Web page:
There’s a beauty to the American suburbs too often unappreciated by the coastal cultural critics. Yet it is there, in the cookie-cutter homes, the nine-to-five jobs, the weekend cookouts, the happy birthday parties. Sometimes, you have to look carefully to discover it.

For the next few weeks, I’m staying in a nameless subdivision in Phoenix, and we are having those cookouts and birthday parties. We’re in a house that’s almost indistinguishable from the one next to it.

Who would suspect there’s a contrarian consumer advocate living inside one of those nondescript homes, who does not keep normal office hours, whose kids are home schooled, who thinks, eats, and votes differently than the other red-staters here?

I’ve been wandering through these master-planned communities for the better part of a week, observing the ebb and flow of people. They leave at 8 a.m., return at 5:30 p.m., they mow their lawns and hang Christmas decorations on their windows. They are friendly but they keep to themselves.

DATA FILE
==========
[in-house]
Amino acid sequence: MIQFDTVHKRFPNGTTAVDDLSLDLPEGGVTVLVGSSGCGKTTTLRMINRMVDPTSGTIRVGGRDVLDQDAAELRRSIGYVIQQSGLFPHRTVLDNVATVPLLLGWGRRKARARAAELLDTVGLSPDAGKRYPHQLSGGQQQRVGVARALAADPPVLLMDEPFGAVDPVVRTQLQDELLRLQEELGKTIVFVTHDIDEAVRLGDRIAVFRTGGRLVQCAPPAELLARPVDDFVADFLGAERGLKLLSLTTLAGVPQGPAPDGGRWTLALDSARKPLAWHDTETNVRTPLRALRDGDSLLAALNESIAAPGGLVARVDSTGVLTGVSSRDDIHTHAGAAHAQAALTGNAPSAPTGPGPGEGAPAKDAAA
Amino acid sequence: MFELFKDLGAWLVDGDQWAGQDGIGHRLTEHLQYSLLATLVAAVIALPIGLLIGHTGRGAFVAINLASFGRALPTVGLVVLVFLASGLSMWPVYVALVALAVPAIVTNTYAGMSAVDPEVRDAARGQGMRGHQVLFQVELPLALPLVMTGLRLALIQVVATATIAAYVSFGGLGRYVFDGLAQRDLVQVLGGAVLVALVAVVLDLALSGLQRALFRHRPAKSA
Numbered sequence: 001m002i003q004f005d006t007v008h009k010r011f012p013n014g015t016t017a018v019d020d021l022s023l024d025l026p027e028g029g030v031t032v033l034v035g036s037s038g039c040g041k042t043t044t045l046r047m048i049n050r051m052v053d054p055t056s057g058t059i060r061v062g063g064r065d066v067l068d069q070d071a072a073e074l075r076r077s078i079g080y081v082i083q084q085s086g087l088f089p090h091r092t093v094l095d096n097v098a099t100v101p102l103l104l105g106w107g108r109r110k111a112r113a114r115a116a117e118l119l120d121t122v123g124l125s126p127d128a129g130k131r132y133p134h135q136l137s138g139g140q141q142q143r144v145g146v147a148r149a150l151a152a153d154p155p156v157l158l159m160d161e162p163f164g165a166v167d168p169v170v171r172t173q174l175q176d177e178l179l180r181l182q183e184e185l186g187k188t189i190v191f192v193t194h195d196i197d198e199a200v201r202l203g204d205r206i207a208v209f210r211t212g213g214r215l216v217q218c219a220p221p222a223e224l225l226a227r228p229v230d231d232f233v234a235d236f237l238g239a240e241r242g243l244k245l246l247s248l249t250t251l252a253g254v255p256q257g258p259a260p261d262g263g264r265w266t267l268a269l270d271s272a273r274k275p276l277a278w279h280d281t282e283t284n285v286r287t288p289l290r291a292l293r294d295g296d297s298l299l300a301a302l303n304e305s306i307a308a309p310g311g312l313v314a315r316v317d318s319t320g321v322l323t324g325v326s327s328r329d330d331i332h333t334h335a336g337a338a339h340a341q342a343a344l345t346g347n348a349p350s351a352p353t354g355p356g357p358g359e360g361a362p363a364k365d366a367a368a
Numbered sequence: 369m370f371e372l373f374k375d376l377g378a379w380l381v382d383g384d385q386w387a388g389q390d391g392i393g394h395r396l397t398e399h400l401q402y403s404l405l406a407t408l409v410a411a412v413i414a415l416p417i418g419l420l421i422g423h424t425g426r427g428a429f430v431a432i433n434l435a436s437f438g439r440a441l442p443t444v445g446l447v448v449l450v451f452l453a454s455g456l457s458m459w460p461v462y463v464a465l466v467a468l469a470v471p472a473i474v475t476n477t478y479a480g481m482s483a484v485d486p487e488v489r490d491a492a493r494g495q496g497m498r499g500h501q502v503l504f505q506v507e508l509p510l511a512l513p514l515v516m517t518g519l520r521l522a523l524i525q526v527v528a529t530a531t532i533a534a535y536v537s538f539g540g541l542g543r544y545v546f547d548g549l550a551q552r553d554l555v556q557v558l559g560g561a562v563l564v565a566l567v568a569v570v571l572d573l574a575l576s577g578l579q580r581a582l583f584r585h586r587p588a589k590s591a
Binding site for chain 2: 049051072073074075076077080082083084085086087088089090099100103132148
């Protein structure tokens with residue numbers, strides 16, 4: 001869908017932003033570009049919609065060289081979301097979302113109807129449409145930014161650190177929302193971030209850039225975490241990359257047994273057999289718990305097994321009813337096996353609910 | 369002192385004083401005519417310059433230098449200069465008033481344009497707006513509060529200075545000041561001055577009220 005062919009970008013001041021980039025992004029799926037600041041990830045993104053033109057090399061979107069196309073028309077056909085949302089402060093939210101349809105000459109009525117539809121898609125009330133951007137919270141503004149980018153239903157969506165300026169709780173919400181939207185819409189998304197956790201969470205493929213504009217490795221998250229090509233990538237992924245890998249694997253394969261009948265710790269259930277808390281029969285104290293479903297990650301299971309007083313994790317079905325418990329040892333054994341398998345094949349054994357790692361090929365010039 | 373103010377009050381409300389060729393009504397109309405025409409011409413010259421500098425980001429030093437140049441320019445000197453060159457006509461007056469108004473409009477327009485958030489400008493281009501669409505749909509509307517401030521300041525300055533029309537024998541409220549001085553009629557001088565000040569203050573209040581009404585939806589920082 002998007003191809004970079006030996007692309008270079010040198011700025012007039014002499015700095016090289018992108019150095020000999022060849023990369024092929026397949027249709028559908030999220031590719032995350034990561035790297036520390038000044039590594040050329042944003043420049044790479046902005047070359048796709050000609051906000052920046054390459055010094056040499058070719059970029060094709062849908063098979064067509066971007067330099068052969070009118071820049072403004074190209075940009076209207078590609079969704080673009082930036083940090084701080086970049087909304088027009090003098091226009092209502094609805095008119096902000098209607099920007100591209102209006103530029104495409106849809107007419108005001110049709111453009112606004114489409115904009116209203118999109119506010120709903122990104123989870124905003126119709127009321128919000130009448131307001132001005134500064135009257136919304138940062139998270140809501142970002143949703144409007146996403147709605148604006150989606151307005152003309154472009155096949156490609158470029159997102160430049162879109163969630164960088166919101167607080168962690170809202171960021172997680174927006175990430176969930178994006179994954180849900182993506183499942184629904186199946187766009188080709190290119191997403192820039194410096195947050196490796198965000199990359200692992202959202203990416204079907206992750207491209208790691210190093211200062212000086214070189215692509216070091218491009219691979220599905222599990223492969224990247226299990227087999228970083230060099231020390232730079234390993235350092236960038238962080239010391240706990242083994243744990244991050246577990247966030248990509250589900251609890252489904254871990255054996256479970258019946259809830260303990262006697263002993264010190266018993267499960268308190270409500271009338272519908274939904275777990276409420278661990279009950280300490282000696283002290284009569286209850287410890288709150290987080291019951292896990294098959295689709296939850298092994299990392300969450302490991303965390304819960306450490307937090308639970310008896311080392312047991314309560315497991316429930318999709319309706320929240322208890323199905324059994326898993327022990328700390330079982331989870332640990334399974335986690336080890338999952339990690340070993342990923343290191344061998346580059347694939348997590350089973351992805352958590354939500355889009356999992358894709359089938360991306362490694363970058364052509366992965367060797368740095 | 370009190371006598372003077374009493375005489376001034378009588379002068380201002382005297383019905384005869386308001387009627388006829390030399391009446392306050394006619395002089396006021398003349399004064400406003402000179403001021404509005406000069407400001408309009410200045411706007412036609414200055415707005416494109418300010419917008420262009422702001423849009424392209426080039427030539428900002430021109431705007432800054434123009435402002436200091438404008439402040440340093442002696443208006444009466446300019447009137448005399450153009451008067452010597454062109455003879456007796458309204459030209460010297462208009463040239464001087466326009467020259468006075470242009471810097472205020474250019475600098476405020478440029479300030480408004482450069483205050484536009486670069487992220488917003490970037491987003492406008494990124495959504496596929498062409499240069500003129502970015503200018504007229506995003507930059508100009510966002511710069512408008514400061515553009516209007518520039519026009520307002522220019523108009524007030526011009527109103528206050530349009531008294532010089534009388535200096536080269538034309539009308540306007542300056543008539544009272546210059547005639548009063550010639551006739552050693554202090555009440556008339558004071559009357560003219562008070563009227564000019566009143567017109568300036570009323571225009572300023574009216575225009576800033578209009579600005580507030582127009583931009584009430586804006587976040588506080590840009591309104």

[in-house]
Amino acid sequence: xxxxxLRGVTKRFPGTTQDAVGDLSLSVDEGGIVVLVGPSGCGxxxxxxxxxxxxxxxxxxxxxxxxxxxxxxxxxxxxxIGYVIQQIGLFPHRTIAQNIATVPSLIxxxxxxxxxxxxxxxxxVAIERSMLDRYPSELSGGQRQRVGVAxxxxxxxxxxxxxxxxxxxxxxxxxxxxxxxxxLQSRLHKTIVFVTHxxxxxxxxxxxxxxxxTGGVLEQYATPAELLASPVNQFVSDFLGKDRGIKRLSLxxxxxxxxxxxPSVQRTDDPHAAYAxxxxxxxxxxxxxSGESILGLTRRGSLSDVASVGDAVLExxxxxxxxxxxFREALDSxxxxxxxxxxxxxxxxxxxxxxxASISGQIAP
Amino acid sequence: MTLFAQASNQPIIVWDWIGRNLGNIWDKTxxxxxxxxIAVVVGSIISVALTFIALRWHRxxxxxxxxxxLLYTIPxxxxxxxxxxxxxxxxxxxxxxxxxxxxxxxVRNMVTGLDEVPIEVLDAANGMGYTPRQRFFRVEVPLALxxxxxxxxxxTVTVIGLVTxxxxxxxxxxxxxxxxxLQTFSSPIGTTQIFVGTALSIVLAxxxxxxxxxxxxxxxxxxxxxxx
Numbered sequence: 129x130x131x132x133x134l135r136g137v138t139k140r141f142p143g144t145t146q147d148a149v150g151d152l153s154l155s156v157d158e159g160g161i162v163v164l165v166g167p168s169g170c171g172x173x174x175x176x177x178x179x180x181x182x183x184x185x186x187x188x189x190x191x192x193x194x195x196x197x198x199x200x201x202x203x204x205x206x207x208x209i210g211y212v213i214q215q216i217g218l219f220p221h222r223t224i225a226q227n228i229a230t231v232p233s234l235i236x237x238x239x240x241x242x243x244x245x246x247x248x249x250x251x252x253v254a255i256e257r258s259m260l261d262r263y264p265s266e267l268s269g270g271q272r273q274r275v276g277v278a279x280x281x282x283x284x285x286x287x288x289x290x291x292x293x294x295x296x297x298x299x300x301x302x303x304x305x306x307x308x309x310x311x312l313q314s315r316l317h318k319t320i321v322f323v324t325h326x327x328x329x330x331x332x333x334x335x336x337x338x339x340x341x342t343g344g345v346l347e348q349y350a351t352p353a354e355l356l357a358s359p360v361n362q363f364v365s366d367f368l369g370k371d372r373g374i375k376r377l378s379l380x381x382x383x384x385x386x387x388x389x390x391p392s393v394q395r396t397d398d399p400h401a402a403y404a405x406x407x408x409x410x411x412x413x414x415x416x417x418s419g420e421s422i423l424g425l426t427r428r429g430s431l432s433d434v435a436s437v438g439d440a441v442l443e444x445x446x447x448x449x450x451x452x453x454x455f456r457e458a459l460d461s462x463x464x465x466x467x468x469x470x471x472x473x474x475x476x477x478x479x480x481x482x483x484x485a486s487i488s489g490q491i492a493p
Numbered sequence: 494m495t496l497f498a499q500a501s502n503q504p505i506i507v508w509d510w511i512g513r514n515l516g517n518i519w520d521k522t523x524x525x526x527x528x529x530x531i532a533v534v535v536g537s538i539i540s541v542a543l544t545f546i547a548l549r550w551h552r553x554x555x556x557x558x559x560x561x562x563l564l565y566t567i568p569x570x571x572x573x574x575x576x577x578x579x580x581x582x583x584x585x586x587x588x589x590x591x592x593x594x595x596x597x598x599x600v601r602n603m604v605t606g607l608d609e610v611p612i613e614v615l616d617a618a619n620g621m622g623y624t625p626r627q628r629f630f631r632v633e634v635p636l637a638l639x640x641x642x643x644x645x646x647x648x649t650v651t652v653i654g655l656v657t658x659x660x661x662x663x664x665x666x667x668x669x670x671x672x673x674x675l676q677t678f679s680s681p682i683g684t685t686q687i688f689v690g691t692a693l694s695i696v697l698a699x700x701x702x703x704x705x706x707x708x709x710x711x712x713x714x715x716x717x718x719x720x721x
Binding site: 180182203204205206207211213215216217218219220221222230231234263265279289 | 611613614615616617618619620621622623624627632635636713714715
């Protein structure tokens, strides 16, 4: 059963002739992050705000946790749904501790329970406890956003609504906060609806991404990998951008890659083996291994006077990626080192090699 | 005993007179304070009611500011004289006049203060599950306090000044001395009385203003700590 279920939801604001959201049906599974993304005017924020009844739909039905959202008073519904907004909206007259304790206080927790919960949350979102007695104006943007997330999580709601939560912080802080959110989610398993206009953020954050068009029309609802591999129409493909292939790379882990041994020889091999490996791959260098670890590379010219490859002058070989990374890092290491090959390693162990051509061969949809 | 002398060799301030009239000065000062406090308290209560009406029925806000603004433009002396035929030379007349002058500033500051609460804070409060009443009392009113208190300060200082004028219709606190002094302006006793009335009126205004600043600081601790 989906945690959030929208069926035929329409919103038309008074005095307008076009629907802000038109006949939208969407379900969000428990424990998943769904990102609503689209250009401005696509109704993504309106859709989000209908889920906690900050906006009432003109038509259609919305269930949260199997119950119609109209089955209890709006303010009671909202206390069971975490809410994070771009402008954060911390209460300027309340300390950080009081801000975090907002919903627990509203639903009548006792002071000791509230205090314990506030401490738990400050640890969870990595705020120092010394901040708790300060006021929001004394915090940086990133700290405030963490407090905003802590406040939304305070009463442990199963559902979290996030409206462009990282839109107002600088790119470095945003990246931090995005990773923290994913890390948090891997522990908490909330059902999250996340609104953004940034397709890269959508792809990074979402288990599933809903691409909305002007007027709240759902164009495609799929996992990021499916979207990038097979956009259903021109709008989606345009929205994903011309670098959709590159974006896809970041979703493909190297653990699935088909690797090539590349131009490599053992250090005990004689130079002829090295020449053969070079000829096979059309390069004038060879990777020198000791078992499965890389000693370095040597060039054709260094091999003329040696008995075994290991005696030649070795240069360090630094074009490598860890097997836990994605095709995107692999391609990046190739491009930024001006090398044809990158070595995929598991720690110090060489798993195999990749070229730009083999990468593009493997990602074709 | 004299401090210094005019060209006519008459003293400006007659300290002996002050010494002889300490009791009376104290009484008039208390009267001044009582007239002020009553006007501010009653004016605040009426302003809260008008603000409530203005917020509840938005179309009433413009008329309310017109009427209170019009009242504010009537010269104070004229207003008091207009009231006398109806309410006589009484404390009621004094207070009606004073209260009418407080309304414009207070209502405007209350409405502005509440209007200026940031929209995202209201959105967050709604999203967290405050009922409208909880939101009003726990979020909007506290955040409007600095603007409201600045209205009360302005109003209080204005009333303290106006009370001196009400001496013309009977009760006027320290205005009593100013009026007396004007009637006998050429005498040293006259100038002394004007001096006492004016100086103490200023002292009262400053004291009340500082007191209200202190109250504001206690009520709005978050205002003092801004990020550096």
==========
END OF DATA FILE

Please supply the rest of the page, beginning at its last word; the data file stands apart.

I love the architecture. It’s rows upon rows of identical houses, mesmerizing patterns that can only be appreciated from afar. The facades feature incomplete arches, Greek revival columns that support nothing, and enormous garages. What do they say about the people who live in them? Is this the fulfillment of the American dream or is the design an unwitting admission about aspirations that are only half-met? Maybe it is not a dream at all. Maybe it doesn’t matter.

One thing is certain: If there is an opposite of traveling, an opposite of adventure, this is it. The suburbs are safe, predictable, unchallenging. That can be comforting to some people but frightening to others.

Here are this week’s subversive consumer advocacy stories:

See you next week.

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